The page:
Saint John the Baptist
One of the distinguishing qualities of Tricker as an artist, is his freedom to move between media. Whatever theme engrosses him he will be drawn to depict it in a manner that seems to him most appropriate, in stone or in wood, in oils or in water colour, in prints or drawings, or – his latest development, in stained glass. For the uncompromising and heroic figure of John the Baptist, he turns to the medium of print.
Here is a massive prophet, in all the starkness of black and white, striding through the wilderness. The only colour in the print is the menacing red of the sun. John, as we know, is a figure reminiscent of the heroic Old Testament. He lived alone in the wilderness, unshaven, unkempt, dressed in camel skin, living on the meagre fare of ‘locusts and wild honey’. Tricker etches for us the shaggy coarseness of his garment, while at his feet are the locusts and above them, in flight, the bees eager to make honey. He has almost a fanatic’s gaze, big eyes fixed on eternity. Yet, he is no fanatic, but a working servant of God. He carries the roll of sacred scripture beneath his arm and behind him flows the waters of the Jordan in which he will baptise all those who wish to be ‘converted to the Lord’.
His great cry from the desert was ‘repent, the Kingdom of God is at hand’. Although this is desert land, the very presence of this prophet of God has brought into leaf the tree behind him, sheltering the birds and bringing vitality to what has been barren. At the extreme left, at the very top, we can make out the sketchy figures of the well-clothed visitors whom John will summon to disrobe and be immersed in the healing waters of repentance.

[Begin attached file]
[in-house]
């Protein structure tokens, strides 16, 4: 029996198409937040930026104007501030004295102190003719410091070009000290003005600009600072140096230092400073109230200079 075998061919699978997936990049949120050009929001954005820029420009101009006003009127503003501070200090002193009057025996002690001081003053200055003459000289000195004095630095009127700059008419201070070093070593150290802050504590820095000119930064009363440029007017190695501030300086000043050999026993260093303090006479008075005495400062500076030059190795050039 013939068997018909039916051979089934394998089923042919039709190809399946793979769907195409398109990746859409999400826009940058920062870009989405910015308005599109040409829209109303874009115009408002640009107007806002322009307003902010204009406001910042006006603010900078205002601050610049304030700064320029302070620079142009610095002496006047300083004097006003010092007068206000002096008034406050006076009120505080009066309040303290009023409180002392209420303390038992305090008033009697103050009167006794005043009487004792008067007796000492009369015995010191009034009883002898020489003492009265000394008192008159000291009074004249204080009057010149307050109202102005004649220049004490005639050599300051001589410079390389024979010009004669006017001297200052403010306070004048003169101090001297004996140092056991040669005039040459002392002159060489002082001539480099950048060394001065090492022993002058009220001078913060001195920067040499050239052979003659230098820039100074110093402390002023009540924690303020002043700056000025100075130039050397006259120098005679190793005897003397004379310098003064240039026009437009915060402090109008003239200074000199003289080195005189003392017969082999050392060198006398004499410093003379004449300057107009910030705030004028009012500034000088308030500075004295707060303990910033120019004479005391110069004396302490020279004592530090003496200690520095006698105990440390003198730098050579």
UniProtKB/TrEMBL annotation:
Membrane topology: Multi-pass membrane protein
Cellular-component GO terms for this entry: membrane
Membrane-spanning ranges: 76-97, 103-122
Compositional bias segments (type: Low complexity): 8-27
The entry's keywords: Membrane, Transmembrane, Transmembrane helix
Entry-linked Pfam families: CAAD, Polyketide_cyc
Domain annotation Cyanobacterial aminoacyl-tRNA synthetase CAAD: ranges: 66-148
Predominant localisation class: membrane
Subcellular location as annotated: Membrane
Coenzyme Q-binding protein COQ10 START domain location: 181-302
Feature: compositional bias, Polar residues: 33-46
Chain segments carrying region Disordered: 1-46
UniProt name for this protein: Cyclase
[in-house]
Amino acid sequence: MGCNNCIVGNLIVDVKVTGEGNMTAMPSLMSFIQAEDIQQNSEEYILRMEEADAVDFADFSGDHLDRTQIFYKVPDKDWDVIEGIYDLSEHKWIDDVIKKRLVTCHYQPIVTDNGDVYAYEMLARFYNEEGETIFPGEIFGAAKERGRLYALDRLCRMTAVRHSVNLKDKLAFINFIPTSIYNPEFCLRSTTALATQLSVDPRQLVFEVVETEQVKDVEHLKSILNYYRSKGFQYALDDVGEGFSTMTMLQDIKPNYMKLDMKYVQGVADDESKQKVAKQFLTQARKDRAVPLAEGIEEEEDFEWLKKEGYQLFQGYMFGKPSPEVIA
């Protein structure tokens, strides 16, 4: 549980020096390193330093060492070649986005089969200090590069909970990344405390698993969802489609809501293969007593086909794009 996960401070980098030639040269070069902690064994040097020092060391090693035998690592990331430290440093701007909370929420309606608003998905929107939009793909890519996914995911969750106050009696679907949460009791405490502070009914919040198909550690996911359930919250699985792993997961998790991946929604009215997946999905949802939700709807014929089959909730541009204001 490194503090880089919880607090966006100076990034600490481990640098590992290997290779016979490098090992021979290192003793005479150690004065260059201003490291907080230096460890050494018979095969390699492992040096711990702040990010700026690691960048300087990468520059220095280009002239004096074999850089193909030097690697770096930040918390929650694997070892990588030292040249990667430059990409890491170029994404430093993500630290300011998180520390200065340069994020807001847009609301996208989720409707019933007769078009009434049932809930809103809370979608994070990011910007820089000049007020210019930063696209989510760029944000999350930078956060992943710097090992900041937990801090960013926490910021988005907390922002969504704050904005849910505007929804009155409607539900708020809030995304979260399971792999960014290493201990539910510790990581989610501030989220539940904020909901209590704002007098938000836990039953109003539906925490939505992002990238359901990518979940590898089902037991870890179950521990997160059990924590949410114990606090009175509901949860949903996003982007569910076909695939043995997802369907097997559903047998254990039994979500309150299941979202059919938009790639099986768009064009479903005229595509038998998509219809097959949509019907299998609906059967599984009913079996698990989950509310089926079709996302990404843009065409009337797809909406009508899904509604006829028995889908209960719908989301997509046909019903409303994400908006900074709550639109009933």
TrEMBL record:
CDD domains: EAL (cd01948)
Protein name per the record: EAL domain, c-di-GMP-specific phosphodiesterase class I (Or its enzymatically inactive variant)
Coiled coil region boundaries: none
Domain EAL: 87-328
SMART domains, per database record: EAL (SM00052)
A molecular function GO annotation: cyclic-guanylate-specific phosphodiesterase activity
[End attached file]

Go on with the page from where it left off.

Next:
Because John the Baptist was important to Jesus, the man chosen by God to ‘prepare the way’, the Eastern Church has delighted to depict him as winged. Perhaps all prophets are winged, since, like the birds, they live in an atmosphere higher and freer and purer than the rest of us. John bears his wings very lightly. He seems aware of nothing except the overwhelming importance of his mission. If he can convince his fellow countrymen of their need of God, and of their own personal responsibility in turning away from the darkness of self towards the demanding brightness of the Lord, then he will have made them ready to hear the voice of the Word of God, of the Christ.
He is ‘a herald, marking out the way’, and, of course, Jesus will later tell us ‘I am the way’. There is a sense in which this great saint lived in the black and white that preceded the full freedom and colour that Jesus brought into the world. He was executed, for his courage and truthfulness, before he had the full opportunity to understand what Jesus was. In other words, St John the Baptist was not as privileged as are we.
Text © ST PAULS Publishing 2011 The Chirst Journey by Sister Wendy Beckett
Picture John the Baptist by Greg Tricker © Nigel Noyes